Let’s hit on the new judges first. Simon and L.A. are music-industry staples. They understand the business. While I do believe that Simon continues to be a little too nice, I will not carp on that because it is his show, and he does not want to come off too honest. To a point, Britney Spears also understands what it takes to be a pop star. She is one of the biggest stars of the last two decades. Spears, though, has been mentally nonexistent at the judges table. Behind a largely vacuous exterior are several brief, ineffectual comments. She speaks in platitudes, and it does seem like every one of her comments has been planned and written out for her. Does this surprise anyone? After he nervous breakdown, it would have probably been wise for her to retire from the scene entirely. There was money to be made, though, and I cannot blame her and her associates for jumping on the money train. Ms. Spears is a profitable brand. Her talent is unmistakable, and she does seem like a kind, loving individual. My complaint is only with her judging, and I believe it is sub par. However, I must admit Demi Lovato has been a surprise. She is staunch, stubborn, and cogent (at times). She, though, is too young. I believe she has done a terrible job with her team, and the last of her contestants will be ousted come this Thursday. She also does not understand that music is a business. Her complaints are unfounded. She is not a producer or an experienced music veteran. She does not reflect the industry, which in some ways adds a fresh change to the table, but it often just makes her look like a little girl making attention-seeking comments at Simon Cowell.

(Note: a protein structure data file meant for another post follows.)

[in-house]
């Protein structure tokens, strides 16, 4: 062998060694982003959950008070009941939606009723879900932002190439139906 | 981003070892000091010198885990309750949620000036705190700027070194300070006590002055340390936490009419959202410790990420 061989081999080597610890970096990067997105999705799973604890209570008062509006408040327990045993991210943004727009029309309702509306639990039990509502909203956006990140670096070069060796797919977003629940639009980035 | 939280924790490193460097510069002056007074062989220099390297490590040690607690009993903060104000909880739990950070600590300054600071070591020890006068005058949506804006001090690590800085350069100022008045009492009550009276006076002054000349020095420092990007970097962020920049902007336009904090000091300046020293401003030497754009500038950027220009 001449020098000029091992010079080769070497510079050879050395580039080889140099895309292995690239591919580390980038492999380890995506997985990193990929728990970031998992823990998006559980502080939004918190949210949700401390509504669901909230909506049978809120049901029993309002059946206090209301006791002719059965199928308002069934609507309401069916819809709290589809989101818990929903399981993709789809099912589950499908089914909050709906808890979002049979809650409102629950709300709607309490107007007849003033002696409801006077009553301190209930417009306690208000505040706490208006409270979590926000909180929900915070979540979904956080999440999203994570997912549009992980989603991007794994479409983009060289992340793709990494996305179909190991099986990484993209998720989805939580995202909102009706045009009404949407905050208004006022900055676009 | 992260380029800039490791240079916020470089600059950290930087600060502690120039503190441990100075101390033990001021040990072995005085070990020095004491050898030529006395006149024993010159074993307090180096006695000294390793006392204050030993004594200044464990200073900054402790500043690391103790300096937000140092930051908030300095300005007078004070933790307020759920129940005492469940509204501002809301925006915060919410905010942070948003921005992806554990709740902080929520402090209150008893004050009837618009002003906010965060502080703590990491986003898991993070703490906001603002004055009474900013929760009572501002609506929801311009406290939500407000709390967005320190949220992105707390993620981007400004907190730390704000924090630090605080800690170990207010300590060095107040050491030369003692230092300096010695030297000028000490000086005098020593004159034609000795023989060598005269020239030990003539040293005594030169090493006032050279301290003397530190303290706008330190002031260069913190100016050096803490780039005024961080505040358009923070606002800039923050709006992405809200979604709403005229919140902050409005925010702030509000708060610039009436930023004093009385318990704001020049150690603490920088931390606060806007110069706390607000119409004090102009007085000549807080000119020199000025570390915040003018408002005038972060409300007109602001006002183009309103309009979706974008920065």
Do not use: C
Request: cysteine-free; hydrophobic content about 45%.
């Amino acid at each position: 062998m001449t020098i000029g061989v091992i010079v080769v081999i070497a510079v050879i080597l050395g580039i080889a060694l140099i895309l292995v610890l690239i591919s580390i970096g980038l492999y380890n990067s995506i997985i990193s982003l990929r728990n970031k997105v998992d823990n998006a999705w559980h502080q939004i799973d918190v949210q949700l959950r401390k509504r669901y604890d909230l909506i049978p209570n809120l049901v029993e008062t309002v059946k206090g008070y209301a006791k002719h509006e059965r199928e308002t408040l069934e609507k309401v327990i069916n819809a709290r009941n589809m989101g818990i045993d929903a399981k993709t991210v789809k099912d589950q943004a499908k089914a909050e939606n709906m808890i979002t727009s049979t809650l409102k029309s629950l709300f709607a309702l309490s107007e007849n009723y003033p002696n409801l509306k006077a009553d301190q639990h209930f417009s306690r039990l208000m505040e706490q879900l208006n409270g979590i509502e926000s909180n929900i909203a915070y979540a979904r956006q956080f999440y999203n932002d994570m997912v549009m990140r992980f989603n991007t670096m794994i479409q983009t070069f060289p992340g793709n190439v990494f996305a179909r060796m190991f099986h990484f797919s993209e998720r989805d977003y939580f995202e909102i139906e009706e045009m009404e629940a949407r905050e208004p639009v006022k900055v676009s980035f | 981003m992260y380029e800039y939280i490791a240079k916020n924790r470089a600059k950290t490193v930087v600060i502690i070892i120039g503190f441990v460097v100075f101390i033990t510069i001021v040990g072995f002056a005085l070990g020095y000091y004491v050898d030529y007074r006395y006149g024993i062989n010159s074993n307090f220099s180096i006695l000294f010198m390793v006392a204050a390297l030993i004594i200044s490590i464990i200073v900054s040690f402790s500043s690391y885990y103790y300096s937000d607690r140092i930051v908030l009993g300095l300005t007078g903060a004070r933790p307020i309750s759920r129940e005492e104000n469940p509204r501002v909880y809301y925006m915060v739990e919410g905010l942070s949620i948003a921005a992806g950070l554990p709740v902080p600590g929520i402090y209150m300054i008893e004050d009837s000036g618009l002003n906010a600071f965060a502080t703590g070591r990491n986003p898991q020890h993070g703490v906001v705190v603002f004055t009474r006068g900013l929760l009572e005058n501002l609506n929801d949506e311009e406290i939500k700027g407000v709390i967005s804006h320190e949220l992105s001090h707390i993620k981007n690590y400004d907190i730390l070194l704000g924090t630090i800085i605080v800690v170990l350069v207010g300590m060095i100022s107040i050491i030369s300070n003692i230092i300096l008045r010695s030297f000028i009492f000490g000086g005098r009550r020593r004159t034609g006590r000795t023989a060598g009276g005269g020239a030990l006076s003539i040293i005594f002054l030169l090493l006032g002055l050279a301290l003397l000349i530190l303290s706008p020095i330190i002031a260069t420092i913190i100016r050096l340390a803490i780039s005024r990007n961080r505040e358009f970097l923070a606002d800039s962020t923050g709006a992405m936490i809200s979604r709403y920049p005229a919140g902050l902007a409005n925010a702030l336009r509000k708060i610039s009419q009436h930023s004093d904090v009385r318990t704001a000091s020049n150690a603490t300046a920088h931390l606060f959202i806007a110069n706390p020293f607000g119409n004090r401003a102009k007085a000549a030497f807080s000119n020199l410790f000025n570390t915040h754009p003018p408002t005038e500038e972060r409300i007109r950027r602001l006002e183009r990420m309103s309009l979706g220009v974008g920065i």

On to the contestants. In this post, I will how I believe the last few weeks will go – from sixth place to first place. I will include a video of their performance last week.

6.) CeCe Frey

The reason why CeCe Frey is still in this competition is somewhat unclear. The judges have been difficult on her, and this has increased her sympathy votes. Through her cocky, garish exterior is an individual with actual talent, so that helps her case. Stripped down, her voice is impressive. She is also easy on the eyes, and that doesn’t hurt. This performance above though represents why she will be gone next. Demi has done an awful job picking songs for CeCe. She has turned her from a diva to Ke$ha to a balladeer. Where does CeCe stand? She wants to be Ke$ha. Everything from the spots on the face to the eclectic outfits suggests it. This week, viewer’s choice, CeCe performs Katy Perry. Fittingly, on the following night, when Ke$ha performs, CeCe will be sent home.

5.) Diamond White